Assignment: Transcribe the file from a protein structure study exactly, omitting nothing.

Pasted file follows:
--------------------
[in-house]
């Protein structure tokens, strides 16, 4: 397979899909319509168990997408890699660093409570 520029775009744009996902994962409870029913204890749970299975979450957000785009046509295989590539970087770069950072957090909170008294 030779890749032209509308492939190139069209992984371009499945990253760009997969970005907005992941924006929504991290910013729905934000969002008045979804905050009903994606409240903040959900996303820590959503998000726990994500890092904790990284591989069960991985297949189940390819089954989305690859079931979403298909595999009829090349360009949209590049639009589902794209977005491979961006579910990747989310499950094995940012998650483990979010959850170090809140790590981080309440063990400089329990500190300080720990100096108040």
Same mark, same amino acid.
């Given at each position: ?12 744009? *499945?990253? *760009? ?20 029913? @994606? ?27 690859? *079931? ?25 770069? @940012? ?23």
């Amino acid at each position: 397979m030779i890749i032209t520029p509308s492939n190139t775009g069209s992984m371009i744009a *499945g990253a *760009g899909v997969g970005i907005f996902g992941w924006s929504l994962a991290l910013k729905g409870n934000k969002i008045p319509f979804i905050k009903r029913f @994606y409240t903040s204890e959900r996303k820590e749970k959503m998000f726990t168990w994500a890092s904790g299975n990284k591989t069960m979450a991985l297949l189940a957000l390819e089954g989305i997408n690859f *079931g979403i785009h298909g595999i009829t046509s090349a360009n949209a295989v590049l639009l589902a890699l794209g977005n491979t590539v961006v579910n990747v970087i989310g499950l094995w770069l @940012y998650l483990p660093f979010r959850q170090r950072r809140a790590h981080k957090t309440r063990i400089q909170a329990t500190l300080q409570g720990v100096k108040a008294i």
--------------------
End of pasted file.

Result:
[in-house]
């Protein structure tokens, strides 16, 4: 397979899909319509168990997408890699660093409570 520029775009744009996902994962409870029913204890749970299975979450957000785009046509295989590539970087770069950072957090909170008294 030779890749032209509308492939190139069209992984371009499945990253760009997969970005907005992941924006929504991290910013729905934000969002008045979804905050009903994606409240903040959900996303820590959503998000726990994500890092904790990284591989069960991985297949189940390819089954989305690859079931979403298909595999009829090349360009949209590049639009589902794209977005491979961006579910990747989310499950094995940012998650483990979010959850170090809140790590981080309440063990400089329990500190300080720990100096108040």
Same mark, same amino acid.
């Given at each position: ?12 744009? *499945?990253? *760009? ?20 029913? @994606? ?27 690859? *079931? ?25 770069? @940012? ?23």
């Amino acid at each position: 397979m030779i890749i032209t520029p509308s492939n190139t775009g069209s992984m371009i744009a *499945g990253a *760009g899909v997969g970005i907005f996902g992941w924006s929504l994962a991290l910013k729905g409870n934000k969002i008045p319509f979804i905050k009903r029913f @994606y409240t903040s204890e959900r996303k820590e749970k959503m998000f726990t168990w994500a890092s904790g299975n990284k591989t069960m979450a991985l297949l189940a957000l390819e089954g989305i997408n690859f *079931g979403i785009h298909g595999i009829t046509s090349a360009n949209a295989v590049l639009l589902a890699l794209g977005n491979t590539v961006v579910n990747v970087i989310g499950l094995w770069l @940012y998650l483990p660093f979010r959850q170090r950072r809140a790590h981080k957090t309440r063990i400089q909170a329990t500190l300080q409570g720990v100096k108040a008294i």